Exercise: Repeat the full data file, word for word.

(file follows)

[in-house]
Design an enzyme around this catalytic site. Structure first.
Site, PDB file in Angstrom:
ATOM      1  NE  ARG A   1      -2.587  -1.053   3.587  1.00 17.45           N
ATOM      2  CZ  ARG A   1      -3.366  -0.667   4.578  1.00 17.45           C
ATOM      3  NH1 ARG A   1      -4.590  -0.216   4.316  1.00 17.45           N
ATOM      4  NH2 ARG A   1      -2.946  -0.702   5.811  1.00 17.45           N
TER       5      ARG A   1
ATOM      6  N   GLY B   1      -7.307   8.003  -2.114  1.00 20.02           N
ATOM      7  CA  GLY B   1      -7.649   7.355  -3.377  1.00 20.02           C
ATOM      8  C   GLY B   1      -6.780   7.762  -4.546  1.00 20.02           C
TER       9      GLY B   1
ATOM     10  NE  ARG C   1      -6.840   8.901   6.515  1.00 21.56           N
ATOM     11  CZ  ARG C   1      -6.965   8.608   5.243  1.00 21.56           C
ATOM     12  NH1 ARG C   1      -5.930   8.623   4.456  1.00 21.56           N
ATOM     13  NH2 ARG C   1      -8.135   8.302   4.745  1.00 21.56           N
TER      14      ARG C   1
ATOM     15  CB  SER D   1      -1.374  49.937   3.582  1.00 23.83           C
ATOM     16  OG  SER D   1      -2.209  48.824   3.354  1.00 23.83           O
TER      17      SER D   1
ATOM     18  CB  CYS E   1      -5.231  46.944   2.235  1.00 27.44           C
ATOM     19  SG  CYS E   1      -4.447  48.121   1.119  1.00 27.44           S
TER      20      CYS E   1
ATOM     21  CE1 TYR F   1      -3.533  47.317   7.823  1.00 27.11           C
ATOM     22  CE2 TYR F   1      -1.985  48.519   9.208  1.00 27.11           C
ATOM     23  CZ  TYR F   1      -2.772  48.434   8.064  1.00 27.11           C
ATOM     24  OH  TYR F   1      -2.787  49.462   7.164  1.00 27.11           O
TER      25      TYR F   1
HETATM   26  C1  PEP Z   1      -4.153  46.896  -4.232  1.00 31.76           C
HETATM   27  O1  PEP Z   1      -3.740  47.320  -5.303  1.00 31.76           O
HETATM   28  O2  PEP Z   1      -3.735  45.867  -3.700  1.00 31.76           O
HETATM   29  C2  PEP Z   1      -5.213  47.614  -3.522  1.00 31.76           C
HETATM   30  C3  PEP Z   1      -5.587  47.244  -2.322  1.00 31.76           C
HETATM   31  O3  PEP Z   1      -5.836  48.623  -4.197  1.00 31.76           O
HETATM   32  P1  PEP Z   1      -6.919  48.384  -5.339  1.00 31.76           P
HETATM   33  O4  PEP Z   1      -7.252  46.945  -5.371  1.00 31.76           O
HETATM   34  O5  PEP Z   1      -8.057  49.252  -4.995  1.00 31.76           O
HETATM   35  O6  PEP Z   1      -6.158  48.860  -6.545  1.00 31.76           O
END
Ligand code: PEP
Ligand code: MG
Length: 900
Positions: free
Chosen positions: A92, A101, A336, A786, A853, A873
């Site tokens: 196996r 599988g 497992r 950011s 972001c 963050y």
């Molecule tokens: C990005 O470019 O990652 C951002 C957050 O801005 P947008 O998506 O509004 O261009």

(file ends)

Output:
[in-house]
Design an enzyme around this catalytic site. Structure first.
Site, PDB file in Angstrom:
ATOM      1  NE  ARG A   1      -2.587  -1.053   3.587  1.00 17.45           N
ATOM      2  CZ  ARG A   1      -3.366  -0.667   4.578  1.00 17.45           C
ATOM      3  NH1 ARG A   1      -4.590  -0.216   4.316  1.00 17.45           N
ATOM      4  NH2 ARG A   1      -2.946  -0.702   5.811  1.00 17.45           N
TER       5      ARG A   1
ATOM      6  N   GLY B   1      -7.307   8.003  -2.114  1.00 20.02           N
ATOM      7  CA  GLY B   1      -7.649   7.355  -3.377  1.00 20.02           C
ATOM      8  C   GLY B   1      -6.780   7.762  -4.546  1.00 20.02           C
TER       9      GLY B   1
ATOM     10  NE  ARG C   1      -6.840   8.901   6.515  1.00 21.56           N
ATOM     11  CZ  ARG C   1      -6.965   8.608   5.243  1.00 21.56           C
ATOM     12  NH1 ARG C   1      -5.930   8.623   4.456  1.00 21.56           N
ATOM     13  NH2 ARG C   1      -8.135   8.302   4.745  1.00 21.56           N
TER      14      ARG C   1
ATOM     15  CB  SER D   1      -1.374  49.937   3.582  1.00 23.83           C
ATOM     16  OG  SER D   1      -2.209  48.824   3.354  1.00 23.83           O
TER      17      SER D   1
ATOM     18  CB  CYS E   1      -5.231  46.944   2.235  1.00 27.44           C
ATOM     19  SG  CYS E   1      -4.447  48.121   1.119  1.00 27.44           S
TER      20      CYS E   1
ATOM     21  CE1 TYR F   1      -3.533  47.317   7.823  1.00 27.11           C
ATOM     22  CE2 TYR F   1      -1.985  48.519   9.208  1.00 27.11           C
ATOM     23  CZ  TYR F   1      -2.772  48.434   8.064  1.00 27.11           C
ATOM     24  OH  TYR F   1      -2.787  49.462   7.164  1.00 27.11           O
TER      25      TYR F   1
HETATM   26  C1  PEP Z   1      -4.153  46.896  -4.232  1.00 31.76           C
HETATM   27  O1  PEP Z   1      -3.740  47.320  -5.303  1.00 31.76           O
HETATM   28  O2  PEP Z   1      -3.735  45.867  -3.700  1.00 31.76           O
HETATM   29  C2  PEP Z   1      -5.213  47.614  -3.522  1.00 31.76           C
HETATM   30  C3  PEP Z   1      -5.587  47.244  -2.322  1.00 31.76           C
HETATM   31  O3  PEP Z   1      -5.836  48.623  -4.197  1.00 31.76           O
HETATM   32  P1  PEP Z   1      -6.919  48.384  -5.339  1.00 31.76           P
HETATM   33  O4  PEP Z   1      -7.252  46.945  -5.371  1.00 31.76           O
HETATM   34  O5  PEP Z   1      -8.057  49.252  -4.995  1.00 31.76           O
HETATM   35  O6  PEP Z   1      -6.158  48.860  -6.545  1.00 31.76           O
END
Ligand code: PEP
Ligand code: MG
Length: 900
Positions: free
Chosen positions: A92, A101, A336, A786, A853, A873
């Site tokens: 196996r 599988g 497992r 950011s 972001c 963050y």
């Molecule tokens: C990005 O470019 O990652 C951002 C957050 O801005 P947008 O998506 O509004 O261009």